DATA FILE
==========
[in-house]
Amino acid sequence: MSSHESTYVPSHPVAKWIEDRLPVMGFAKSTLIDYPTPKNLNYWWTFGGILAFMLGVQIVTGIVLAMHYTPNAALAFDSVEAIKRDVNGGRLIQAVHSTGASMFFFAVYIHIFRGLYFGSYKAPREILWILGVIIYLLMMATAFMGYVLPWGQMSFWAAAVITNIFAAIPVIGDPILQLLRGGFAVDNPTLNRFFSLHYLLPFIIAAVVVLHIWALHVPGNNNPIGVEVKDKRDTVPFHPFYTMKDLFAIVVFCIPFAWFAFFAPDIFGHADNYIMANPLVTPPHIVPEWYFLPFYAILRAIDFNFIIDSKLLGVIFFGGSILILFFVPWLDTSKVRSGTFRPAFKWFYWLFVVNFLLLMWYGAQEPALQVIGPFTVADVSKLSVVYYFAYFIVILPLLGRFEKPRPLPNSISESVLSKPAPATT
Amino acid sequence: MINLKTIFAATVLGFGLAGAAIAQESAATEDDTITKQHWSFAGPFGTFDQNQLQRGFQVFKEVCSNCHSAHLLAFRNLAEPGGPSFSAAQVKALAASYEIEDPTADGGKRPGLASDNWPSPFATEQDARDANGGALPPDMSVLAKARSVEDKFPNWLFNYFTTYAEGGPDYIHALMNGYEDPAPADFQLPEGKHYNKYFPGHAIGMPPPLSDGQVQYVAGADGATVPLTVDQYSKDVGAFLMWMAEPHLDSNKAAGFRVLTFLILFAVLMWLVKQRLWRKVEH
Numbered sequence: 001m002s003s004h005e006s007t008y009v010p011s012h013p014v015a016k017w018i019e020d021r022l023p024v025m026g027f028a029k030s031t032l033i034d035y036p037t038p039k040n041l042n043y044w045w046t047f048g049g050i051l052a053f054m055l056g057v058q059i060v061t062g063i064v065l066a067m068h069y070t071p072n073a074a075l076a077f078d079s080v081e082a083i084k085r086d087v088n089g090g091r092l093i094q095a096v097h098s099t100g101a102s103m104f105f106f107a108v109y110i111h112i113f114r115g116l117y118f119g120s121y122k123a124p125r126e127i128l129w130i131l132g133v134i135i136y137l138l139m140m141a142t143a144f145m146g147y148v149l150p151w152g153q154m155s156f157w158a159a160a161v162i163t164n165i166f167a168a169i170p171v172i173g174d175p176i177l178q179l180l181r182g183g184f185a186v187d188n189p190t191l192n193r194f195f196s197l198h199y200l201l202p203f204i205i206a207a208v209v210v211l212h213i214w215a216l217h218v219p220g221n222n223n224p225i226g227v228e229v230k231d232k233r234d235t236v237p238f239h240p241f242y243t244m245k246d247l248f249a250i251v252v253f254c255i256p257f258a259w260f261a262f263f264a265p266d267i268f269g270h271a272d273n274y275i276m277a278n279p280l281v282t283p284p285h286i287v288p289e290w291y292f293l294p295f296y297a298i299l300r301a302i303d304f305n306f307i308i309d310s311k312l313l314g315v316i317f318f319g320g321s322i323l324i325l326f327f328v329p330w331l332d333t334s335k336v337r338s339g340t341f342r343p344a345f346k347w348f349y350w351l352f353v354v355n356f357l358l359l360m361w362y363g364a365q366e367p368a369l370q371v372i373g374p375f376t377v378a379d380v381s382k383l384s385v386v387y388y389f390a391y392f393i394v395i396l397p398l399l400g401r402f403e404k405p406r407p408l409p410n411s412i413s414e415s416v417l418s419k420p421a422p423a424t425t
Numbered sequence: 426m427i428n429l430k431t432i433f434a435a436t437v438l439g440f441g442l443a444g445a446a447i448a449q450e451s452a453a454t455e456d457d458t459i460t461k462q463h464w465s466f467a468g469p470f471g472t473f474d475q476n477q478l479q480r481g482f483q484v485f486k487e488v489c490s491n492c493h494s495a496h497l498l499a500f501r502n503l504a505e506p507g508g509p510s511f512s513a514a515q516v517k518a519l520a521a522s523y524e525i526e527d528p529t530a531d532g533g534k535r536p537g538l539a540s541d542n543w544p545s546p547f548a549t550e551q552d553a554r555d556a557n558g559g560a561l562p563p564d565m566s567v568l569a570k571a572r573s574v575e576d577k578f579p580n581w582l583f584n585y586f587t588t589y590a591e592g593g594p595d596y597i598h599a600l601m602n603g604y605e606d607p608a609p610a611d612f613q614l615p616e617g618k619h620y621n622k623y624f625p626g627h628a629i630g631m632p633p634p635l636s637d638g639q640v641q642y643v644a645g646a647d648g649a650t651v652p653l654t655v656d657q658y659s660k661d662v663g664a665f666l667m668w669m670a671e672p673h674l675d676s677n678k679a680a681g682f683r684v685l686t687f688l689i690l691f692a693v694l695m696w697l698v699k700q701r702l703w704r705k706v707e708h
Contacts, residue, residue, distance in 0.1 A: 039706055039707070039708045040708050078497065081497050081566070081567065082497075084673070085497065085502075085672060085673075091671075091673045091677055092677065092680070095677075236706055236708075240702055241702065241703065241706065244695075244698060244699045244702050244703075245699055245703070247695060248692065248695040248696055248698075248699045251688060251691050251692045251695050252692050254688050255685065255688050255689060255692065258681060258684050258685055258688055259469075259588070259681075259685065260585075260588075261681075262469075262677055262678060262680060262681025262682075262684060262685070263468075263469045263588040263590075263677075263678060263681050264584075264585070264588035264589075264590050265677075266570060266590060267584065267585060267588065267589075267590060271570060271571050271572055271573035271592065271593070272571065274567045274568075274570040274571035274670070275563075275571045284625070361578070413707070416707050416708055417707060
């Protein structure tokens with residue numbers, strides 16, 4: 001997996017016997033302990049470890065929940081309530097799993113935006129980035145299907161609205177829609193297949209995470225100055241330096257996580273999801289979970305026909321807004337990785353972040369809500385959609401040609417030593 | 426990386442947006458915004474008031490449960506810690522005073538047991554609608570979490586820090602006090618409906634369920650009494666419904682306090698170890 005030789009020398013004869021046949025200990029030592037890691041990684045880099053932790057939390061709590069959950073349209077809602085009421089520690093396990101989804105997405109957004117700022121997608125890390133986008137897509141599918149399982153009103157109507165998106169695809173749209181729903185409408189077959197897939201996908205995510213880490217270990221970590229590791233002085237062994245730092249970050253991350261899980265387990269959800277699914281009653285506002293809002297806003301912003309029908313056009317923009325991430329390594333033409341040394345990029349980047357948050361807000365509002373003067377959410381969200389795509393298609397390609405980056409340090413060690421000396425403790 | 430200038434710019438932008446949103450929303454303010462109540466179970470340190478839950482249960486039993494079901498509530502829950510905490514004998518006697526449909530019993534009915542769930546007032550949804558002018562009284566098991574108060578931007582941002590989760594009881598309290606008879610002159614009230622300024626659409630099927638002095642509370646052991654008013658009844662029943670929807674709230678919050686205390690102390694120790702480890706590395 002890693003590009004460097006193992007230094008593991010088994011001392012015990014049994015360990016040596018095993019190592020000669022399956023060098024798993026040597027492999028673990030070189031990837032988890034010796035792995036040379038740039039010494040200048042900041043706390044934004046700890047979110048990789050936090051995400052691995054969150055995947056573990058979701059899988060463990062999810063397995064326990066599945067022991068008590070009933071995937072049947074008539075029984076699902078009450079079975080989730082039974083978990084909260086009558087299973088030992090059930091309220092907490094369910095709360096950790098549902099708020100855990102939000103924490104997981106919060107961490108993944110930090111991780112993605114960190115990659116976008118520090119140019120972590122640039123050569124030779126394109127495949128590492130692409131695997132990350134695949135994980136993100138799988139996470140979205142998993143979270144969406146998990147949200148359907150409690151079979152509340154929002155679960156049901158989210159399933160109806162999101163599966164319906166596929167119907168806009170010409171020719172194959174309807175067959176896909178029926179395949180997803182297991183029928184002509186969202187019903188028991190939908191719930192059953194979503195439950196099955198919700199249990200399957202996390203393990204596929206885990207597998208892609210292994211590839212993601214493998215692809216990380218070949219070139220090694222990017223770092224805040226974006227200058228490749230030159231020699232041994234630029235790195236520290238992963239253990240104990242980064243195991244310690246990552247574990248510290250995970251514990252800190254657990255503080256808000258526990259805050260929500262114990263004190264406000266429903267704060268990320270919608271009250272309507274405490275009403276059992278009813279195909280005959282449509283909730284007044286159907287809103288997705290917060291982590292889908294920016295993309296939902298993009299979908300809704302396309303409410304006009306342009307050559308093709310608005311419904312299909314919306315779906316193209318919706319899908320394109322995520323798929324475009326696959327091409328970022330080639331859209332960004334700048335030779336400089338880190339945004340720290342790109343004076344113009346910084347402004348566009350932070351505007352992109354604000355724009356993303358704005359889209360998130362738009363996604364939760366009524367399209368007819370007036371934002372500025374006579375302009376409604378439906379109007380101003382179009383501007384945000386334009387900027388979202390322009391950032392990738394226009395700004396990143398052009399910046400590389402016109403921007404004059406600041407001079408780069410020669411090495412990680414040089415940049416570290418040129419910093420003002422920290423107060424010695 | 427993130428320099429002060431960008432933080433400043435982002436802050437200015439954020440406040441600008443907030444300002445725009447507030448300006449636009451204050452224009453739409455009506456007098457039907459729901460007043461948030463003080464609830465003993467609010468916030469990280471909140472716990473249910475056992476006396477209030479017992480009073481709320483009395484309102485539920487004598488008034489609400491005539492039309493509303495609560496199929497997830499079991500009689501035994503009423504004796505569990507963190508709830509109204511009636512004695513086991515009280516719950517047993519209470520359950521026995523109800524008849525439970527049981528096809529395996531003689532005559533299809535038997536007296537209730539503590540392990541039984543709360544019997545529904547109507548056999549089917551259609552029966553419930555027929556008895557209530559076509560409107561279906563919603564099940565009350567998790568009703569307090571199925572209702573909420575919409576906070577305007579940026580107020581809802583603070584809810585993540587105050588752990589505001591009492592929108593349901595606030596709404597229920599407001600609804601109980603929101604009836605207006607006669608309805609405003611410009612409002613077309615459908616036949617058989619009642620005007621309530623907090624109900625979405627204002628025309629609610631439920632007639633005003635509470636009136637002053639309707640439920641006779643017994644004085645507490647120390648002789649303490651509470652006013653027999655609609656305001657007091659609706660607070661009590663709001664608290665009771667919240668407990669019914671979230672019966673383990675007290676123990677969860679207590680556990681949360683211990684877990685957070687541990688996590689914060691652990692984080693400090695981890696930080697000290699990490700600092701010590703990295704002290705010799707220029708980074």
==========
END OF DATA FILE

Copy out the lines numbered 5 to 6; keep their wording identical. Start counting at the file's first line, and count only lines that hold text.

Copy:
Numbered sequence: 426m427i428n429l430k431t432i433f434a435a436t437v438l439g440f441g442l443a444g445a446a447i448a449q450e451s452a453a454t455e456d457d458t459i460t461k462q463h464w465s466f467a468g469p470f471g472t473f474d475q476n477q478l479q480r481g482f483q484v485f486k487e488v489c490s491n492c493h494s495a496h497l498l499a500f501r502n503l504a505e506p507g508g509p510s511f512s513a514a515q516v517k518a519l520a521a522s523y524e525i526e527d528p529t530a531d532g533g534k535r536p537g538l539a540s541d542n543w544p545s546p547f548a549t550e551q552d553a554r555d556a557n558g559g560a561l562p563p564d565m566s567v568l569a570k571a572r573s574v575e576d577k578f579p580n581w582l583f584n585y586f587t588t589y590a591e592g593g594p595d596y597i598h599a600l601m602n603g604y605e606d607p608a609p610a611d612f613q614l615p616e617g618k619h620y621n622k623y624f625p626g627h628a629i630g631m632p633p634p635l636s637d638g639q640v641q642y643v644a645g646a647d648g649a650t651v652p653l654t655v656d657q658y659s660k661d662v663g664a665f666l667m668w669m670a671e672p673h674l675d676s677n678k679a680a681g682f683r684v685l686t687f688l689i690l691f692a693v694l695m696w697l698v699k700q701r702l703w704r705k706v707e708h
Contacts, residue, residue, distance in 0.1 A: 039706055039707070039708045040708050078497065081497050081566070081567065082497075084673070085497065085502075085672060085673075091671075091673045091677055092677065092680070095677075236706055236708075240702055241702065241703065241706065244695075244698060244699045244702050244703075245699055245703070247695060248692065248695040248696055248698075248699045251688060251691050251692045251695050252692050254688050255685065255688050255689060255692065258681060258684050258685055258688055259469075259588070259681075259685065260585075260588075261681075262469075262677055262678060262680060262681025262682075262684060262685070263468075263469045263588040263590075263677075263678060263681050264584075264585070264588035264589075264590050265677075266570060266590060267584065267585060267588065267589075267590060271570060271571050271572055271573035271592065271593070272571065274567045274568075274570040274571035274670070275563075275571045284625070361578070413707070416707050416708055417707060